IS Remains Active in Afghanistan’s Eastern District Wrecked by War
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NANGARHAR AND WASHINGTON - Afghan armed forces, supported by U.S. forces, for years have attempted to clear the Islamic State (IS) militants from Haska Mena in the far eastern corner of Afghanistan near the border with Pakistan.
The district, also known as Deh Bala, today is blanketed in despair as the war against IS has reduced it to a wasteland without any significant improvement in security.
During a visit by a Voice of America reporter to the district in the eastern province of Nangarhar this week, locals pointed out that there are hundreds of IS local and foreign fighters in the high peaks of the rugged and steep mountains from where they periodically stage attacks against local security forces and civilians believed to be cooperating with the government.
VOA footage of the area shows a vacant ghost district ransacked by widescale destruction that has left its infrastructure in tatters.
The few residents who have returned to the area told VOA they have little hope that life will return to normal anytime soon.
The district chief of Haska Mena, Rizwanullah Basharmal, is among the few local officials who have returned, despite a government warning that the area remains unsafe. He told VOA that IS militants are extorting money from locals along with illicit smuggling along the villages of the border district to raise money. Additionally, the area provides the militants crisscross routes into the tribal areas of Pakistan.
"They have their hideouts all across these villages," said Basharmal, pointing to Haska Mena's small communities dispersed through the forbidding terrain. "They have foreign fighters such as Punjabis in addition to Afghan citizens."
Basharmal said IS fighters rule several villages of the district after Afghan security forces concluded their operations.
He said the fighters roam, especially between the district and nearby Achin district, where the U.S. on April 2017 dropped its largest non-nuclear bomb, which targeted an IS cave complex.
Haska Mena is home to more than 50,000 people, mostly belonging to the Pashtun tribe of Shinwari. The cave complex and mountain ridges of the region have provided shelter to militants for decades, including the Mujaheddin during the Soviet occupation of Afghanistan.
When the Islamic State in early 2015 established its branch in Afghanistan and Pakistan, known as Islamic State-Khorasan Province, many fighters who had previously worked with Pakistani Taliban in the region pledged allegiance to IS leader Abu Bakir al-Baghdadi.
The region later became a hotbed for IS foreign fighters, including from Kazakhstan, Tajikistan, Syria and Iraq, according to U.S. officials who spoke to The New York Times.
Seeing the remote area as a potential stronghold for IS and a major site to plot high-profile attacks on Kabul and Jalalabad, Afghan and U.S. forces have since conducted several operations to clear the militants.
One major Afghan operation, supported by U.S. Special Forces, was conducted between April and July 2018 and killed 167 IS fighters, according to Afghan officials.
At the time, Joshua Thiel, a U.S. Special Forces battalion commander, told VOA that they had "cleared" Haska Mena of IS.
"The operation started at the end of May. They [Special Forces] put direct fire on the ISIS capital caliphate and put it under siege for about four days. And it took the three commando companies five days to clear Papin and Gur Guri [of IS militants]," Thiel said.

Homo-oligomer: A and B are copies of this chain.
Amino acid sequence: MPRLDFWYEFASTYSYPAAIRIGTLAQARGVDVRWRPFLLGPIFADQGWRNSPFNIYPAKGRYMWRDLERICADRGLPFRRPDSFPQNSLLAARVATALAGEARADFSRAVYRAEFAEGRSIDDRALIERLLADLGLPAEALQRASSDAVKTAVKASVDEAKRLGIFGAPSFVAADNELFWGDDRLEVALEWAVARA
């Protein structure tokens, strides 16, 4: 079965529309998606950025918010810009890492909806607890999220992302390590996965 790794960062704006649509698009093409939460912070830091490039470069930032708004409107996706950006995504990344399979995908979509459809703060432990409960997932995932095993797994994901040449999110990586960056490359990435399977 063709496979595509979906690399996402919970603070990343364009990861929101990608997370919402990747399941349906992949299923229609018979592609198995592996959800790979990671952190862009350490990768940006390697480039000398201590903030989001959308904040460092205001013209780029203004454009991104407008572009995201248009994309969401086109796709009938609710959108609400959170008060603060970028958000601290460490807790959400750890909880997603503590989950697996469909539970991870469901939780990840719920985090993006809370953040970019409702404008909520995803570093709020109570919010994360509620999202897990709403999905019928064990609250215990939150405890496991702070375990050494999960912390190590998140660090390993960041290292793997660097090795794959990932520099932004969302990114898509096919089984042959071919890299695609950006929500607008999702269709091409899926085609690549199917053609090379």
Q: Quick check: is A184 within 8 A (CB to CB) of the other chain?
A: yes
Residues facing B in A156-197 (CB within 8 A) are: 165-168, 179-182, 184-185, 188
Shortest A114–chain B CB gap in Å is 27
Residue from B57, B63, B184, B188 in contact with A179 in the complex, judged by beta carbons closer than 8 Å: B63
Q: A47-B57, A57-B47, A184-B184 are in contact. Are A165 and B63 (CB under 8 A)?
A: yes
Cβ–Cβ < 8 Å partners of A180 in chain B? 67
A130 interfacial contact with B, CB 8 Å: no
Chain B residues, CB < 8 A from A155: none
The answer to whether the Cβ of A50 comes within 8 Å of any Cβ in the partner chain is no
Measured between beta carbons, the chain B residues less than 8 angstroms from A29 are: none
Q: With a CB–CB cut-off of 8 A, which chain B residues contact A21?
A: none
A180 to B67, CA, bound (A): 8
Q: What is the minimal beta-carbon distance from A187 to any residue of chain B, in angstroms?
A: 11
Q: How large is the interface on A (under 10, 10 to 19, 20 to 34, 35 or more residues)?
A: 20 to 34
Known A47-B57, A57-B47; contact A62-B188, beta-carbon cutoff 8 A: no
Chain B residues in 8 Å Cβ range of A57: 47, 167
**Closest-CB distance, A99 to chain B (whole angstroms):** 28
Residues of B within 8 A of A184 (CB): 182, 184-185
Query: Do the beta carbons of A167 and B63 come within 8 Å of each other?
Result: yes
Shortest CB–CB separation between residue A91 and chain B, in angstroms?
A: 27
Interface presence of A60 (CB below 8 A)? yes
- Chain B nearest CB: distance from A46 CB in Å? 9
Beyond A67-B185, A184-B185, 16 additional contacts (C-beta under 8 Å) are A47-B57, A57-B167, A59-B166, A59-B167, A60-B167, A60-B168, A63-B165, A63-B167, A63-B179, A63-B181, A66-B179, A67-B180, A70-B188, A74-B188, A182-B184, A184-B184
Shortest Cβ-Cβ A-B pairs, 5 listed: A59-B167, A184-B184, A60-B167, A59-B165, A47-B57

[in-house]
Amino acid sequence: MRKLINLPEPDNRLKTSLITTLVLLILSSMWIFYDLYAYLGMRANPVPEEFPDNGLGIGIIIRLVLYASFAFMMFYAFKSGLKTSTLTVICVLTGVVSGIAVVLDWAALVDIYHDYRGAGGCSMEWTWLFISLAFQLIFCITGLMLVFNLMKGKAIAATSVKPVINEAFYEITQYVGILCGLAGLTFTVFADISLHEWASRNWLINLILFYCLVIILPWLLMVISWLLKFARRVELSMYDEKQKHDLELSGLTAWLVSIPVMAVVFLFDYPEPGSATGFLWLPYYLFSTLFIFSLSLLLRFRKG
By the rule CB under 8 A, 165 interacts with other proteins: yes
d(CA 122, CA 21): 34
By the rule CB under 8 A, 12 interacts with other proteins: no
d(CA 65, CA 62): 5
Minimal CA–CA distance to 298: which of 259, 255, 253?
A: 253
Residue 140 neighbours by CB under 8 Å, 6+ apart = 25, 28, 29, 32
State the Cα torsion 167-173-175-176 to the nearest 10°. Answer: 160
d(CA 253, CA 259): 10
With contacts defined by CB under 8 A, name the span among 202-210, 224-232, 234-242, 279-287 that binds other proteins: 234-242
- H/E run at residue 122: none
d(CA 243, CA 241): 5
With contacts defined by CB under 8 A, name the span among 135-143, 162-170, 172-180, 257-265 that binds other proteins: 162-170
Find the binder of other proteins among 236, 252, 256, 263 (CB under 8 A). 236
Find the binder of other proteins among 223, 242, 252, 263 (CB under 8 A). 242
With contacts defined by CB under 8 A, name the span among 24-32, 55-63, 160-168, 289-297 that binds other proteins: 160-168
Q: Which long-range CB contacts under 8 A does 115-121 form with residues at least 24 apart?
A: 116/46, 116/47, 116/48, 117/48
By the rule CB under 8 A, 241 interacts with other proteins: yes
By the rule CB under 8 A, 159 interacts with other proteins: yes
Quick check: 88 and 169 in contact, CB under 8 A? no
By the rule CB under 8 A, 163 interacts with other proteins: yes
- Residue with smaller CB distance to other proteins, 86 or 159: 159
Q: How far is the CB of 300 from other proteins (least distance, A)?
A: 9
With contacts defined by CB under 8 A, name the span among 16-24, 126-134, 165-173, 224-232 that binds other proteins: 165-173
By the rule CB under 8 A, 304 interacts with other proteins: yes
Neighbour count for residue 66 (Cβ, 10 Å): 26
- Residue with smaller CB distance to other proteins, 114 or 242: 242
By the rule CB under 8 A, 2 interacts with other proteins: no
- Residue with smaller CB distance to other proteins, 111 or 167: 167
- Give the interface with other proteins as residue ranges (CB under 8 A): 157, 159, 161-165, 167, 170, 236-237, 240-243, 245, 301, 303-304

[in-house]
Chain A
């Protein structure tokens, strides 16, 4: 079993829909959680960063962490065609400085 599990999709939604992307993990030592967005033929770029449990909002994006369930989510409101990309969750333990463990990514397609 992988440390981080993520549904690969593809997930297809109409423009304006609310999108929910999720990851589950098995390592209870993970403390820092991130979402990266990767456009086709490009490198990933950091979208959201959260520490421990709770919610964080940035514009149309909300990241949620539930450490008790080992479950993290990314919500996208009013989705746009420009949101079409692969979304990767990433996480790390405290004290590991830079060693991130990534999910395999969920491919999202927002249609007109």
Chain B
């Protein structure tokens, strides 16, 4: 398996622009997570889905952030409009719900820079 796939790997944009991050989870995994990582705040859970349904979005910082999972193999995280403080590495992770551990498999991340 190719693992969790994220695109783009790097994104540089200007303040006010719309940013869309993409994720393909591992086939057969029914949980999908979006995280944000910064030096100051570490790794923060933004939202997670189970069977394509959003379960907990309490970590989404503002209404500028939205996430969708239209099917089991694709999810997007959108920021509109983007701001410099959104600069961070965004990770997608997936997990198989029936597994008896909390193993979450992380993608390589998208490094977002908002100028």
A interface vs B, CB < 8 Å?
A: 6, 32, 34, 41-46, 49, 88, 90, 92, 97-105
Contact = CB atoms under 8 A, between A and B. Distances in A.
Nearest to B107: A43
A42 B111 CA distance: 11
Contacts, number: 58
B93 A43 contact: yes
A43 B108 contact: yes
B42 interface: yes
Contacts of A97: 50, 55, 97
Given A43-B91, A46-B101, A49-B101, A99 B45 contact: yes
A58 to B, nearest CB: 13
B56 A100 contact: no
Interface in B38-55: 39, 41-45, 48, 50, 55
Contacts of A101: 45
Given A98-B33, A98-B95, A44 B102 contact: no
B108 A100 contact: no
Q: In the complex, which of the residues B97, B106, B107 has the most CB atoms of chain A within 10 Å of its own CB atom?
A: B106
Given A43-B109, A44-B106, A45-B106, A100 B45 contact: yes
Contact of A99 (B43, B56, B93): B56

But almost a year later, local accounts from the district say the group displays no signs of a lasting defeat.
Despite the high elevation that hampers Afghan forces' operations, IS has planted landmines in every possible location from houses and shops to farms, according to Mohammed Ghorzang, Haska Mena's educational director.
Ghorzang said IS subjugated tribal residents by beheading and other brutal means in a way that is considered extreme even by the standards of other militant groups, such as the Taliban.
"This is where they beheaded people," Ghorzang said, pointing to an area at the middle of Haska Mena. It is now filled with shattered concrete, but a few years ago it was an open area serving as IS's "execution square."
Mosque now rubble
Pointing at another building which is merely rubble and columns, Ghorzang said, "This used to be the mosque where the governor of Khorasan Province stayed and issued verdicts."
In terms of reparation, Ghorzang charged that little has been done by the government to recover essential buildings, such as schools and hospitals. Children, who are the most vulnerable in the conflict, have to either dropped out of school or study in the open fields.
"Haska Mena district used to have 26 school buildings, but only four of them are functional now," Ghorzang added.
Losing hope that their infrastructure will be restored anytime soon, some locals have volunteered to school students in local fields. One of the volunteers, 70-year-old Shamass Khan, said it was the responsibility of adults in the district to make sure children at least learned how to read and write.
"We used to send people from here to universities. Now look at our situation," said Khan, wiping away tears. "Everything is gone. When we see this we can't help but get emotional."
According to Haska Mena district chief Basharmal, the government in Kabul initially assured residents to fully retrieve the region after its operation in July 2018. Yet, it remains unclear when these promises will be fulfilled.
"We have been given many promises from the government to rebuild bridges, roads, schools and clinics. But so far not even a stone has been moved," Basharmal noted.
Source: Voice of America